For some, the new year marks a point in time at which reading through the Bible in a year will start.  This is truly a remarkable goal, but many will not make it to the finish.  Why? The answers will vary, but one reason will be the lack of a reading plan.

So, if you are looking to read through the Bible in 2017, allow me to encourage you to adopt a reading plan.  My personal favorite: The M’Cheyne Reading Plan.  By following this plan, you will read through the Old Testament once and the New Testament and Psalms twice over the course of a year.  If you would like to utilize this plan, use one of the following links.

For a website that follows the calender and provides the readings, using the ESV, in a convenient manner, click here.

For a printable version of the reading plan, click here.

There are several other plans out there as well, but this is one that I have found profitable for my study.  If you want to go it alone, keep in mind that there are 1,189 chapters in the Bible (unless you are reading a Bible with the Apocrypha/Deutero-Canonical Books, then there are more).  If you read 4 chapters a day, then you will read the Bible within a one-year time-frame with plenty of buffer space for those lazy days and occasional activity packed weekends.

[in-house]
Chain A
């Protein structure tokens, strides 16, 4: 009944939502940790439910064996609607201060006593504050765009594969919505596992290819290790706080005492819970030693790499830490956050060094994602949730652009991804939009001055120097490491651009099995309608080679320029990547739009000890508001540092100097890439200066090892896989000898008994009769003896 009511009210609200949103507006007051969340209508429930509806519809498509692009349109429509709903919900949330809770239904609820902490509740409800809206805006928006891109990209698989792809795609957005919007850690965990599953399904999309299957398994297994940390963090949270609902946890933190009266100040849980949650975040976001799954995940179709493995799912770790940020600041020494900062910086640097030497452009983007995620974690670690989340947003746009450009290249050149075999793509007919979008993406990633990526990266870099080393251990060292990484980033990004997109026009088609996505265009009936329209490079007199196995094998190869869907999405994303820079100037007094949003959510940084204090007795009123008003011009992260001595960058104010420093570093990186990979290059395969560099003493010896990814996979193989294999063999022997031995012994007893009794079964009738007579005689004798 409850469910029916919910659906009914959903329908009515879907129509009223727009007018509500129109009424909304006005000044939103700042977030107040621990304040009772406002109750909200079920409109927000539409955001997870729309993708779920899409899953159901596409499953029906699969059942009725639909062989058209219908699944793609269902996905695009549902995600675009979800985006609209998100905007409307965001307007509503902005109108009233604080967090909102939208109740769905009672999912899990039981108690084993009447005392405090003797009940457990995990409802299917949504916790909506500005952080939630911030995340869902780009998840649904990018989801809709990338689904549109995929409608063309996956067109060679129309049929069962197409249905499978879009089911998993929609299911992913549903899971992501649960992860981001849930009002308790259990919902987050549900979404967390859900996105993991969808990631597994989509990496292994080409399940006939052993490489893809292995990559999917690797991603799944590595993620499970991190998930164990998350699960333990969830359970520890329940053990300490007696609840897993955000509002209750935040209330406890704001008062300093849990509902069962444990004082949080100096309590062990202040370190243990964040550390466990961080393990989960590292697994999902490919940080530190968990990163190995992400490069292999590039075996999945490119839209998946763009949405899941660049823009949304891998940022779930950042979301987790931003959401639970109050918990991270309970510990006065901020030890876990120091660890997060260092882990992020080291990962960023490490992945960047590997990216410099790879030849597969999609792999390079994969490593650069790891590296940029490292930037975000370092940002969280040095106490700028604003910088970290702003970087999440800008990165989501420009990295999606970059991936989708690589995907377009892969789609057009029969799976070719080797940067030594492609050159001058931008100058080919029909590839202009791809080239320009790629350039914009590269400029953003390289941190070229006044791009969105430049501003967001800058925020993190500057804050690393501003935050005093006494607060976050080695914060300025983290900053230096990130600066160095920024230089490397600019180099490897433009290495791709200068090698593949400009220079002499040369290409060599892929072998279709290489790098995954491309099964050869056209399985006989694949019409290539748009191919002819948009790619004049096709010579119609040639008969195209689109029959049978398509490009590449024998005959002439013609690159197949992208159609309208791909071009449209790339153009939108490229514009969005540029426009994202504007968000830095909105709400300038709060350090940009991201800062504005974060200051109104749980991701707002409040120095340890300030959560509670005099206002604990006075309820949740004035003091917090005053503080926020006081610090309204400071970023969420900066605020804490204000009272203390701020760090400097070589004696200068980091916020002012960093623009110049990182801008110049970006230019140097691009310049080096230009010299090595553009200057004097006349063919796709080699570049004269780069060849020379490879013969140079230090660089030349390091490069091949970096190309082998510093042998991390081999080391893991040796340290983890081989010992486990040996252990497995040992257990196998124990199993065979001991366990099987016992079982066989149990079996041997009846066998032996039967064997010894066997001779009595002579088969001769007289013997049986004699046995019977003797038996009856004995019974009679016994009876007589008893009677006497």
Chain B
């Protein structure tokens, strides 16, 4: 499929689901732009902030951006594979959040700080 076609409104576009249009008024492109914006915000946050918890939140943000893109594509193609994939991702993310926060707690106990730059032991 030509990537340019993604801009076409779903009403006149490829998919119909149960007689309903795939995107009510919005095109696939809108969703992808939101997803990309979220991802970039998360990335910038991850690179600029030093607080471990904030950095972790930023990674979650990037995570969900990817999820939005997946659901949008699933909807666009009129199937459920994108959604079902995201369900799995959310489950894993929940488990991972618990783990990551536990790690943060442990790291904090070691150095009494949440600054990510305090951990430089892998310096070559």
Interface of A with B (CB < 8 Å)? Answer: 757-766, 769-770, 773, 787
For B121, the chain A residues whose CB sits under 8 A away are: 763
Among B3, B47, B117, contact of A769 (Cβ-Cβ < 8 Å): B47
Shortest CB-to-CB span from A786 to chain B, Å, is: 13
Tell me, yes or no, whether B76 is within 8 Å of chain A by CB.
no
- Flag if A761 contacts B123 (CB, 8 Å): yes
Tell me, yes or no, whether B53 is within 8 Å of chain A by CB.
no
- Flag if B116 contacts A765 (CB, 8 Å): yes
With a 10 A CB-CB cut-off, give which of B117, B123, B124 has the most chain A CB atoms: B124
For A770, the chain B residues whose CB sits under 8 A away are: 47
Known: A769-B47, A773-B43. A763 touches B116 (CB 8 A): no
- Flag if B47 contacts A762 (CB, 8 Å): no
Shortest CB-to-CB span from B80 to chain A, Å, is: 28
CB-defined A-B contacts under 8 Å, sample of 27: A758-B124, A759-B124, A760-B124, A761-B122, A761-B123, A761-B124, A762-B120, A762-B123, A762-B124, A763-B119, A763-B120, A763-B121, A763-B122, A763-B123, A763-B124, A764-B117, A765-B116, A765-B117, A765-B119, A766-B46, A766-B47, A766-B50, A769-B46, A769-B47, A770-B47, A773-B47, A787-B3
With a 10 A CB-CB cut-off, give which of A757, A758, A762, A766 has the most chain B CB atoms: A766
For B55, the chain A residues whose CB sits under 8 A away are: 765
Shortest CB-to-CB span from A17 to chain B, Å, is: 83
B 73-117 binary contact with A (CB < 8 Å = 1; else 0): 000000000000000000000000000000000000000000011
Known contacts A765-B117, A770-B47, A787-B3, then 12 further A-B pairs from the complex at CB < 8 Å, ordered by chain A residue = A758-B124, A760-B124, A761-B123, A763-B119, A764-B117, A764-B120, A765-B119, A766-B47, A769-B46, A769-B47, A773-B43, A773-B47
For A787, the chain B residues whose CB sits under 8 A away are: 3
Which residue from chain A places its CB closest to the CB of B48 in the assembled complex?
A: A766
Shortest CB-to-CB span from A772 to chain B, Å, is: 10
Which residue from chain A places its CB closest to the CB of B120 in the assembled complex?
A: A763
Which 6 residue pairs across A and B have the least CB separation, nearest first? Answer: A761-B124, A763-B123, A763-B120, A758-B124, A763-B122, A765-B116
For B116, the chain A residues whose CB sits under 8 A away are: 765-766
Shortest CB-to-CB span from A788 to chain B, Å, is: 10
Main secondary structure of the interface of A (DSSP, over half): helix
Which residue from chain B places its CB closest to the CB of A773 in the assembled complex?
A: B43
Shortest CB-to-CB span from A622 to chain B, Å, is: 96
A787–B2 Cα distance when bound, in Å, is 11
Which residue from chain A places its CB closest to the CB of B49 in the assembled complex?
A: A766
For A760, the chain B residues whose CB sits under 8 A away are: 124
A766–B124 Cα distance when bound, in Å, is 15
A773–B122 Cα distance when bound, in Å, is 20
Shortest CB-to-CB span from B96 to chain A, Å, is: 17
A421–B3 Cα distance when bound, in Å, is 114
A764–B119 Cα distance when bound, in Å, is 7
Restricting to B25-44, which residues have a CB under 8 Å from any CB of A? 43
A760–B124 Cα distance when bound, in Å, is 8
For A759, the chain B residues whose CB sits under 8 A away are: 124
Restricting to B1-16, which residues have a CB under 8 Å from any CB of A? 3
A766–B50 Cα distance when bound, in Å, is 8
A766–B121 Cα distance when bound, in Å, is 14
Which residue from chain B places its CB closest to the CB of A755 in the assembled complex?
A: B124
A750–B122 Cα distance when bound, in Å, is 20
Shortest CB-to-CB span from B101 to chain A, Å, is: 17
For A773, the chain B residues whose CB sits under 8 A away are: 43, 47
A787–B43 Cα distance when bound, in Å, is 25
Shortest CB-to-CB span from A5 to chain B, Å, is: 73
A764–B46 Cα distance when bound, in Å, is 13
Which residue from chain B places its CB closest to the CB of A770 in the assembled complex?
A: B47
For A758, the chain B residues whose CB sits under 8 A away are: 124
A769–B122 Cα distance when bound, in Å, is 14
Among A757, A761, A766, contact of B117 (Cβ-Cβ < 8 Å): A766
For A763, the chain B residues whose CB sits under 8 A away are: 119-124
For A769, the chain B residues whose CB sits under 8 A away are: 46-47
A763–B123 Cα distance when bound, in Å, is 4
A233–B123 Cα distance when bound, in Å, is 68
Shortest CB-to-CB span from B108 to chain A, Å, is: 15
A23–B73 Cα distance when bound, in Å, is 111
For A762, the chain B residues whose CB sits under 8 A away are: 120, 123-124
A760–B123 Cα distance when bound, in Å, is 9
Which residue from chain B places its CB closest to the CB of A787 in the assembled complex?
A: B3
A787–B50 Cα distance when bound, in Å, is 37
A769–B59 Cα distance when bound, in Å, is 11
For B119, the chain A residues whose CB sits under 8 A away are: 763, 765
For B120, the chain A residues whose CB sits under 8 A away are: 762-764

Regardless of how you go about it, I wish you much success if you take on the challenge of reading through the Bible in a year.

Happy New Year!

 

Some Christmas Links

I thought I would toss out a couple of links today for your perusal.  The first is a link to an article that was published in the Journal of the Evangelical Theological Society about a year ago or so.  It deals with the date of December 25 in relation to Jesus’ birth.  It is an interesting read that goes into great depth about the issue.  So, for that article, please click here.

The second link is to my favorite podcast, Unbelievabe?  The most recent show is a debate about the Star of Bethlehem.  The show airs on Saturday in England, but if you subscribe to the podcast, they will typically show up on your feed a day early.  To check out what they are doing at Unbelievable? and to listen to the Christmas show on Christmas Eve, then click here.

Enjoy, and have a very merry Christmas!

Shameless plug…